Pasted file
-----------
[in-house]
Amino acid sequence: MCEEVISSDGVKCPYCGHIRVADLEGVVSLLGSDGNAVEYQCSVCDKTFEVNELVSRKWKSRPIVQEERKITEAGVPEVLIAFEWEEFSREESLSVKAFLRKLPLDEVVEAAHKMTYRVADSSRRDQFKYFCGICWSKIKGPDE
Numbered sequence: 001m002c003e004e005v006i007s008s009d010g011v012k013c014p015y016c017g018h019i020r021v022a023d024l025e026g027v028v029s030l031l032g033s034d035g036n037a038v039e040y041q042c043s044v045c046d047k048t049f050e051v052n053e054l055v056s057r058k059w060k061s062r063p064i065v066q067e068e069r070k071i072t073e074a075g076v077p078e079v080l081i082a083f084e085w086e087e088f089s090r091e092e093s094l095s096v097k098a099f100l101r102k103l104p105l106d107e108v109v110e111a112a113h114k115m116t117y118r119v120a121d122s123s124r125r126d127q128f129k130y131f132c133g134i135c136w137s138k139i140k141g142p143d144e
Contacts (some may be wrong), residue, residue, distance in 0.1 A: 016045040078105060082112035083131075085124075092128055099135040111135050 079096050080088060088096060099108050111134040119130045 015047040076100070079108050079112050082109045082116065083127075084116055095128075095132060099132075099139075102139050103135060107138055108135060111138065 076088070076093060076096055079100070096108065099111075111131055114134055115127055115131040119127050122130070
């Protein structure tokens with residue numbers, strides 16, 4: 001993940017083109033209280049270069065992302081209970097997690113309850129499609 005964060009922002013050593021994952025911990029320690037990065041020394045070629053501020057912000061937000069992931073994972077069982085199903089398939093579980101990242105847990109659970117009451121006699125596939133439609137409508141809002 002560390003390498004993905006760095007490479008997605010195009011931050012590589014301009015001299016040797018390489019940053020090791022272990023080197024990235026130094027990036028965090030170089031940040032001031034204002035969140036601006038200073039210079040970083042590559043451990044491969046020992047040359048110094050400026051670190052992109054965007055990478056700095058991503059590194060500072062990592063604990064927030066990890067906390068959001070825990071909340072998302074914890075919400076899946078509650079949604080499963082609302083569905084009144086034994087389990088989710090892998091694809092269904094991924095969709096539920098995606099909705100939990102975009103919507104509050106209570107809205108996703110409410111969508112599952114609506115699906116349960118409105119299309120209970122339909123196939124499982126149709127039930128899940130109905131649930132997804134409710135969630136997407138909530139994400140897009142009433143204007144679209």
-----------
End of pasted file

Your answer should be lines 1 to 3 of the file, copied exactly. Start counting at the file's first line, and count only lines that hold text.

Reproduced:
[in-house]
Amino acid sequence: MCEEVISSDGVKCPYCGHIRVADLEGVVSLLGSDGNAVEYQCSVCDKTFEVNELVSRKWKSRPIVQEERKITEAGVPEVLIAFEWEEFSREESLSVKAFLRKLPLDEVVEAAHKMTYRVADSSRRDQFKYFCGICWSKIKGPDE
Numbered sequence: 001m002c003e004e005v006i007s008s009d010g011v012k013c014p015y016c017g018h019i020r021v022a023d024l025e026g027v028v029s030l031l032g033s034d035g036n037a038v039e040y041q042c043s044v045c046d047k048t049f050e051v052n053e054l055v056s057r058k059w060k061s062r063p064i065v066q067e068e069r070k071i072t073e074a075g076v077p078e079v080l081i082a083f084e085w086e087e088f089s090r091e092e093s094l095s096v097k098a099f100l101r102k103l104p105l106d107e108v109v110e111a112a113h114k115m116t117y118r119v120a121d122s123s124r125r126d127q128f129k130y131f132c133g134i135c136w137s138k139i140k141g142p143d144e